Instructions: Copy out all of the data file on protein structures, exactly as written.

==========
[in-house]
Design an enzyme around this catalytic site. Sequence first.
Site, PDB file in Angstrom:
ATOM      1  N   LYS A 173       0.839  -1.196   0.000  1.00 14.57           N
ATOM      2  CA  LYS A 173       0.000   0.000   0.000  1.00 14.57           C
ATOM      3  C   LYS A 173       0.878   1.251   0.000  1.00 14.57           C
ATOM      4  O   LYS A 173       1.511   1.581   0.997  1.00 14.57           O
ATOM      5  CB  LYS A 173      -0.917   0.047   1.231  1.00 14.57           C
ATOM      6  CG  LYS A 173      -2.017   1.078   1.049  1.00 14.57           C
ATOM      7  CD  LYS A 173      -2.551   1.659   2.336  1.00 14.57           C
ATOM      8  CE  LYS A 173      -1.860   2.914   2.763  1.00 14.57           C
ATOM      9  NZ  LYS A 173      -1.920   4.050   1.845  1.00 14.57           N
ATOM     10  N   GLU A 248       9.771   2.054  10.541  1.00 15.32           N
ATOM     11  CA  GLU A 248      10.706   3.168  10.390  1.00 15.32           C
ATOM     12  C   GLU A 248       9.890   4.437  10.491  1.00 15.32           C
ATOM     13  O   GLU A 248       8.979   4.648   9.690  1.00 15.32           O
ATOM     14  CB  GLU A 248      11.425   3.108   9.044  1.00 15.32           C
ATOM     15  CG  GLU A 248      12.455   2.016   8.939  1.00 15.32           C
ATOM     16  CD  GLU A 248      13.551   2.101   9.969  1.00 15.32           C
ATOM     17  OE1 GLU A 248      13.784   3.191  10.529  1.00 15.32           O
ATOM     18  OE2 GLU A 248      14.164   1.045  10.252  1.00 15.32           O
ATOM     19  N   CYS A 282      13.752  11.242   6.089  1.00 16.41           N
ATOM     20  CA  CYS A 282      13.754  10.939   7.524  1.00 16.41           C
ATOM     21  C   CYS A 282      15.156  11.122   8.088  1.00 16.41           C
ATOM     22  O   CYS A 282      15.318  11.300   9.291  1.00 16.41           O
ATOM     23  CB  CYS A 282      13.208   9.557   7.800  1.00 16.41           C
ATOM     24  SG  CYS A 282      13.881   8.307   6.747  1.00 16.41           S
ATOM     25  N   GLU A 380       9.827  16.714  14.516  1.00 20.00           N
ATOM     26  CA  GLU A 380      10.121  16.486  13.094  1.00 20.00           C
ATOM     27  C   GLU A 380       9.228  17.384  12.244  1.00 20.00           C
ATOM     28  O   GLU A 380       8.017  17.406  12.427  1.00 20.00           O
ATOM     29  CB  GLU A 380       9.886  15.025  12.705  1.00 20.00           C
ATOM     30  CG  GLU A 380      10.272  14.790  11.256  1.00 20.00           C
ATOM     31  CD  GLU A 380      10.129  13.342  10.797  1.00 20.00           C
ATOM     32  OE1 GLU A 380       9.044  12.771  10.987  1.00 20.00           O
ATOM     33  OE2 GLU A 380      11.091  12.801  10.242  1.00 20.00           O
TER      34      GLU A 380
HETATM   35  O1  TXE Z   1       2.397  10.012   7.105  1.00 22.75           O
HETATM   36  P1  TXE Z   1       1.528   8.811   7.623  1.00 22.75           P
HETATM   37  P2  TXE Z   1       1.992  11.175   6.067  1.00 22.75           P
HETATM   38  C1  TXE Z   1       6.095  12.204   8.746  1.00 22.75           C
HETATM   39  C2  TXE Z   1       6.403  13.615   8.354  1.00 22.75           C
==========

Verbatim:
[in-house]
Design an enzyme around this catalytic site. Sequence first.
Site, PDB file in Angstrom:
ATOM      1  N   LYS A 173       0.839  -1.196   0.000  1.00 14.57           N
ATOM      2  CA  LYS A 173       0.000   0.000   0.000  1.00 14.57           C
ATOM      3  C   LYS A 173       0.878   1.251   0.000  1.00 14.57           C
ATOM      4  O   LYS A 173       1.511   1.581   0.997  1.00 14.57           O
ATOM      5  CB  LYS A 173      -0.917   0.047   1.231  1.00 14.57           C
ATOM      6  CG  LYS A 173      -2.017   1.078   1.049  1.00 14.57           C
ATOM      7  CD  LYS A 173      -2.551   1.659   2.336  1.00 14.57           C
ATOM      8  CE  LYS A 173      -1.860   2.914   2.763  1.00 14.57           C
ATOM      9  NZ  LYS A 173      -1.920   4.050   1.845  1.00 14.57           N
ATOM     10  N   GLU A 248       9.771   2.054  10.541  1.00 15.32           N
ATOM     11  CA  GLU A 248      10.706   3.168  10.390  1.00 15.32           C
ATOM     12  C   GLU A 248       9.890   4.437  10.491  1.00 15.32           C
ATOM     13  O   GLU A 248       8.979   4.648   9.690  1.00 15.32           O
ATOM     14  CB  GLU A 248      11.425   3.108   9.044  1.00 15.32           C
ATOM     15  CG  GLU A 248      12.455   2.016   8.939  1.00 15.32           C
ATOM     16  CD  GLU A 248      13.551   2.101   9.969  1.00 15.32           C
ATOM     17  OE1 GLU A 248      13.784   3.191  10.529  1.00 15.32           O
ATOM     18  OE2 GLU A 248      14.164   1.045  10.252  1.00 15.32           O
ATOM     19  N   CYS A 282      13.752  11.242   6.089  1.00 16.41           N
ATOM     20  CA  CYS A 282      13.754  10.939   7.524  1.00 16.41           C
ATOM     21  C   CYS A 282      15.156  11.122   8.088  1.00 16.41           C
ATOM     22  O   CYS A 282      15.318  11.300   9.291  1.00 16.41           O
ATOM     23  CB  CYS A 282      13.208   9.557   7.800  1.00 16.41           C
ATOM     24  SG  CYS A 282      13.881   8.307   6.747  1.00 16.41           S
ATOM     25  N   GLU A 380       9.827  16.714  14.516  1.00 20.00           N
ATOM     26  CA  GLU A 380      10.121  16.486  13.094  1.00 20.00           C
ATOM     27  C   GLU A 380       9.228  17.384  12.244  1.00 20.00           C
ATOM     28  O   GLU A 380       8.017  17.406  12.427  1.00 20.00           O
ATOM     29  CB  GLU A 380       9.886  15.025  12.705  1.00 20.00           C
ATOM     30  CG  GLU A 380      10.272  14.790  11.256  1.00 20.00           C
ATOM     31  CD  GLU A 380      10.129  13.342  10.797  1.00 20.00           C
ATOM     32  OE1 GLU A 380       9.044  12.771  10.987  1.00 20.00           O
ATOM     33  OE2 GLU A 380      11.091  12.801  10.242  1.00 20.00           O
TER      34      GLU A 380
HETATM   35  O1  TXE Z   1       2.397  10.012   7.105  1.00 22.75           O
HETATM   36  P1  TXE Z   1       1.528   8.811   7.623  1.00 22.75           P
HETATM   37  P2  TXE Z   1       1.992  11.175   6.067  1.00 22.75           P
HETATM   38  C1  TXE Z   1       6.095  12.204   8.746  1.00 22.75           C
HETATM   39  C2  TXE Z   1       6.403  13.615   8.354  1.00 22.75           C